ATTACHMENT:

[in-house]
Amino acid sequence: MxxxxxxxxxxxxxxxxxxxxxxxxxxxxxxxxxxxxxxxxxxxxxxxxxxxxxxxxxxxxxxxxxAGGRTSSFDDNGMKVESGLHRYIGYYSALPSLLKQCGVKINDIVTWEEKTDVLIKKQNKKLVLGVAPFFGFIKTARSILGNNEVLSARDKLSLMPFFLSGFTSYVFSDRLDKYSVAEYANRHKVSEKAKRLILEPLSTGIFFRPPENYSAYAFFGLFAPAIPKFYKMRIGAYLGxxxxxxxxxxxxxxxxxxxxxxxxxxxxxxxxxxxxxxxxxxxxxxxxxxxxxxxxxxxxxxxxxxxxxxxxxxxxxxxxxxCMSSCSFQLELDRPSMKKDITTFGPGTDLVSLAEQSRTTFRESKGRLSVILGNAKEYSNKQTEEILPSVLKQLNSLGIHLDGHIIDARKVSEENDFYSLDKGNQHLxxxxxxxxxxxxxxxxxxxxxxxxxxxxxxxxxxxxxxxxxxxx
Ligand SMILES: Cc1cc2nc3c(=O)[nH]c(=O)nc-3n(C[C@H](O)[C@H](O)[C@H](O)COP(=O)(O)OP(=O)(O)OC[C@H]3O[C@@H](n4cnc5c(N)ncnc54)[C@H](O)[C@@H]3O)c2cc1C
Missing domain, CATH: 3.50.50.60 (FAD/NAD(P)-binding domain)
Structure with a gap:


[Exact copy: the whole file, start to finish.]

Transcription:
[in-house]
Amino acid sequence: MxxxxxxxxxxxxxxxxxxxxxxxxxxxxxxxxxxxxxxxxxxxxxxxxxxxxxxxxxxxxxxxxxAGGRTSSFDDNGMKVESGLHRYIGYYSALPSLLKQCGVKINDIVTWEEKTDVLIKKQNKKLVLGVAPFFGFIKTARSILGNNEVLSARDKLSLMPFFLSGFTSYVFSDRLDKYSVAEYANRHKVSEKAKRLILEPLSTGIFFRPPENYSAYAFFGLFAPAIPKFYKMRIGAYLGxxxxxxxxxxxxxxxxxxxxxxxxxxxxxxxxxxxxxxxxxxxxxxxxxxxxxxxxxxxxxxxxxxxxxxxxxxxxxxxxxxCMSSCSFQLELDRPSMKKDITTFGPGTDLVSLAEQSRTTFRESKGRLSVILGNAKEYSNKQTEEILPSVLKQLNSLGIHLDGHIIDARKVSEENDFYSLDKGNQHLxxxxxxxxxxxxxxxxxxxxxxxxxxxxxxxxxxxxxxxxxxxx
Ligand SMILES: Cc1cc2nc3c(=O)[nH]c(=O)nc-3n(C[C@H](O)[C@H](O)[C@H](O)COP(=O)(O)OP(=O)(O)OC[C@H]3O[C@@H](n4cnc5c(N)ncnc54)[C@H](O)[C@@H]3O)c2cc1C
Missing domain, CATH: 3.50.50.60 (FAD/NAD(P)-binding domain)
Structure with a gap: